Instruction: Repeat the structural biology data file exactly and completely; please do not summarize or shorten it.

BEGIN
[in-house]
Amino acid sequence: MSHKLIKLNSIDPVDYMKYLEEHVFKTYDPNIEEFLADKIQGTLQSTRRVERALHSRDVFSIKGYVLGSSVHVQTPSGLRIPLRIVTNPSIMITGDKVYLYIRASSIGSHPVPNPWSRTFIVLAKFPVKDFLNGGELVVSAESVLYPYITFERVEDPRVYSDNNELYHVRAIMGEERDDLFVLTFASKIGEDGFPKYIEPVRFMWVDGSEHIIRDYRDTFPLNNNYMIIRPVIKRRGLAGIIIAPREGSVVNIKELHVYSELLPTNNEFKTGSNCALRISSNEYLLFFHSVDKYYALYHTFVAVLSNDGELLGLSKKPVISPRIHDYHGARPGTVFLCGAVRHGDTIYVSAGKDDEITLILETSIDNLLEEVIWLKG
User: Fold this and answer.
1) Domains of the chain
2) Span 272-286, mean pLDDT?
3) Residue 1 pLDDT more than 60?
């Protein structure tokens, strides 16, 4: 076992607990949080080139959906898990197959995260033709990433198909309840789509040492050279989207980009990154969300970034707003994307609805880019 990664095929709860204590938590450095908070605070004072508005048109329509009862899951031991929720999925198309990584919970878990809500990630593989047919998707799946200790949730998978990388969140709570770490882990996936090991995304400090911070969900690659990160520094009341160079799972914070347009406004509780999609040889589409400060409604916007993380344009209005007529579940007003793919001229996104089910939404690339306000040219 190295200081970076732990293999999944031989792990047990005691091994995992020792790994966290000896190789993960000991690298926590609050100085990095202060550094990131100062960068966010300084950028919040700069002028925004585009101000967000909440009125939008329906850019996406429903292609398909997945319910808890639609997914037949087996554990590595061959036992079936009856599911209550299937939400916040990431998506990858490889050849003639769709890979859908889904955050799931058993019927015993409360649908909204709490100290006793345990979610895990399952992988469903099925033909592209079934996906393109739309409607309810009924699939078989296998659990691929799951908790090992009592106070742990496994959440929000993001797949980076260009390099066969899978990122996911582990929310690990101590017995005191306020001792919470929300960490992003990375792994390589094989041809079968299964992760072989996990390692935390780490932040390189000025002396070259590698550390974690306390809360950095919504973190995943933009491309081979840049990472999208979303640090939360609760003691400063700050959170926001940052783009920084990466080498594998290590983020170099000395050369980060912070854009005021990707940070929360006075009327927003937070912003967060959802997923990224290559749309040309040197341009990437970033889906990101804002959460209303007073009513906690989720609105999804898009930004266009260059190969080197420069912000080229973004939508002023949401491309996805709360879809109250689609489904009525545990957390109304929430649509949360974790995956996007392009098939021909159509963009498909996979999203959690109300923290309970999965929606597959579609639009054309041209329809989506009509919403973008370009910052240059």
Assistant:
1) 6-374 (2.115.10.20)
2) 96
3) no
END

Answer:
[in-house]
Amino acid sequence: MSHKLIKLNSIDPVDYMKYLEEHVFKTYDPNIEEFLADKIQGTLQSTRRVERALHSRDVFSIKGYVLGSSVHVQTPSGLRIPLRIVTNPSIMITGDKVYLYIRASSIGSHPVPNPWSRTFIVLAKFPVKDFLNGGELVVSAESVLYPYITFERVEDPRVYSDNNELYHVRAIMGEERDDLFVLTFASKIGEDGFPKYIEPVRFMWVDGSEHIIRDYRDTFPLNNNYMIIRPVIKRRGLAGIIIAPREGSVVNIKELHVYSELLPTNNEFKTGSNCALRISSNEYLLFFHSVDKYYALYHTFVAVLSNDGELLGLSKKPVISPRIHDYHGARPGTVFLCGAVRHGDTIYVSAGKDDEITLILETSIDNLLEEVIWLKG
User: Fold this and answer.
1) Domains of the chain
2) Span 272-286, mean pLDDT?
3) Residue 1 pLDDT more than 60?
């Protein structure tokens, strides 16, 4: 076992607990949080080139959906898990197959995260033709990433198909309840789509040492050279989207980009990154969300970034707003994307609805880019 990664095929709860204590938590450095908070605070004072508005048109329509009862899951031991929720999925198309990584919970878990809500990630593989047919998707799946200790949730998978990388969140709570770490882990996936090991995304400090911070969900690659990160520094009341160079799972914070347009406004509780999609040889589409400060409604916007993380344009209005007529579940007003793919001229996104089910939404690339306000040219 190295200081970076732990293999999944031989792990047990005691091994995992020792790994966290000896190789993960000991690298926590609050100085990095202060550094990131100062960068966010300084950028919040700069002028925004585009101000967000909440009125939008329906850019996406429903292609398909997945319910808890639609997914037949087996554990590595061959036992079936009856599911209550299937939400916040990431998506990858490889050849003639769709890979859908889904955050799931058993019927015993409360649908909204709490100290006793345990979610895990399952992988469903099925033909592209079934996906393109739309409607309810009924699939078989296998659990691929799951908790090992009592106070742990496994959440929000993001797949980076260009390099066969899978990122996911582990929310690990101590017995005191306020001792919470929300960490992003990375792994390589094989041809079968299964992760072989996990390692935390780490932040390189000025002396070259590698550390974690306390809360950095919504973190995943933009491309081979840049990472999208979303640090939360609760003691400063700050959170926001940052783009920084990466080498594998290590983020170099000395050369980060912070854009005021990707940070929360006075009327927003937070912003967060959802997923990224290559749309040309040197341009990437970033889906990101804002959460209303007073009513906690989720609105999804898009930004266009260059190969080197420069912000080229973004939508002023949401491309996805709360879809109250689609489904009525545990957390109304929430649509949360974790995956996007392009098939021909159509963009498909996979999203959690109300923290309970999965929606597959579609639009054309041209329809989506009509919403973008370009910052240059």
Assistant:
1) 6-374 (2.115.10.20)
2) 96
3) no